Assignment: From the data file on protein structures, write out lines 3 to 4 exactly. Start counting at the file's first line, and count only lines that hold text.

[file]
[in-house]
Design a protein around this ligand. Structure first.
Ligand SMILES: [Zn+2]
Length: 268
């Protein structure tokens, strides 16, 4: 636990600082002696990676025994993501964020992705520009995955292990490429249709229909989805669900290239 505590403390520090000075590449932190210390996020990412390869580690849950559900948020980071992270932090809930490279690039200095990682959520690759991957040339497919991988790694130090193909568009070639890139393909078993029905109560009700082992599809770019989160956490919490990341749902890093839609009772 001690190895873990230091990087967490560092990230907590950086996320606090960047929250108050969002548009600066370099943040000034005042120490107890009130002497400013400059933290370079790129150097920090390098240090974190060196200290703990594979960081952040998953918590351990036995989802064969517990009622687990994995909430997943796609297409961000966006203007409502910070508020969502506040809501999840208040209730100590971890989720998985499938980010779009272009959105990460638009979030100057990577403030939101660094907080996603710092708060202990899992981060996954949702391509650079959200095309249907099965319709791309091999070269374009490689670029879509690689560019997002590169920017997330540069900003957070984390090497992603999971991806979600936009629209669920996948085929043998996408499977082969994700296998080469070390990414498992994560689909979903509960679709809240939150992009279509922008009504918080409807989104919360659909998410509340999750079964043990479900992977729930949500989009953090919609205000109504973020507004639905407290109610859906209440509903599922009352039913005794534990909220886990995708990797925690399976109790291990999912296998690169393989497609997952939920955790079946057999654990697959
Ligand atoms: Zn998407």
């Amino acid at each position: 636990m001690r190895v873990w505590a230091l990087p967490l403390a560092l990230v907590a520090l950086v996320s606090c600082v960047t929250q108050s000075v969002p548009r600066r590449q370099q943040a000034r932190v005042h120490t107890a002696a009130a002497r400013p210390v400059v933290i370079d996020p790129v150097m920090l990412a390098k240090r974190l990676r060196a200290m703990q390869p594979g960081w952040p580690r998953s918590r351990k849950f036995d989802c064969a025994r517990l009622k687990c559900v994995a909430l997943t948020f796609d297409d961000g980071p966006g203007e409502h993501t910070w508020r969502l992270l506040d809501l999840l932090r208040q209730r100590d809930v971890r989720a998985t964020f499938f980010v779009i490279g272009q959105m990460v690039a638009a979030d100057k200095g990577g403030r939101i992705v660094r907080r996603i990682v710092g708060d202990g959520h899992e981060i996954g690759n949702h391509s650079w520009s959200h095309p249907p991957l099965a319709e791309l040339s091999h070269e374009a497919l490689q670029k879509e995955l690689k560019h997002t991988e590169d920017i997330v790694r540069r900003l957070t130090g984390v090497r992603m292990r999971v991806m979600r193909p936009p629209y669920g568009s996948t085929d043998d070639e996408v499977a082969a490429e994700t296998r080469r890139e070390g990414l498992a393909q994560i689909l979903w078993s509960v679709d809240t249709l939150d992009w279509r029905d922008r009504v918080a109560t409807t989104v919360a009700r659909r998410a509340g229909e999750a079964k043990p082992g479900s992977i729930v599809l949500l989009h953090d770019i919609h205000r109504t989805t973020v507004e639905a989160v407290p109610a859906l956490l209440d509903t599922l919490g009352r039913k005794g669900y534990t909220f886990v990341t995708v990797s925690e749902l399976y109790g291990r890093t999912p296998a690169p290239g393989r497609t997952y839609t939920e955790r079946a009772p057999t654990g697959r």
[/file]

Ligand SMILES: [Zn+2]
Length: 268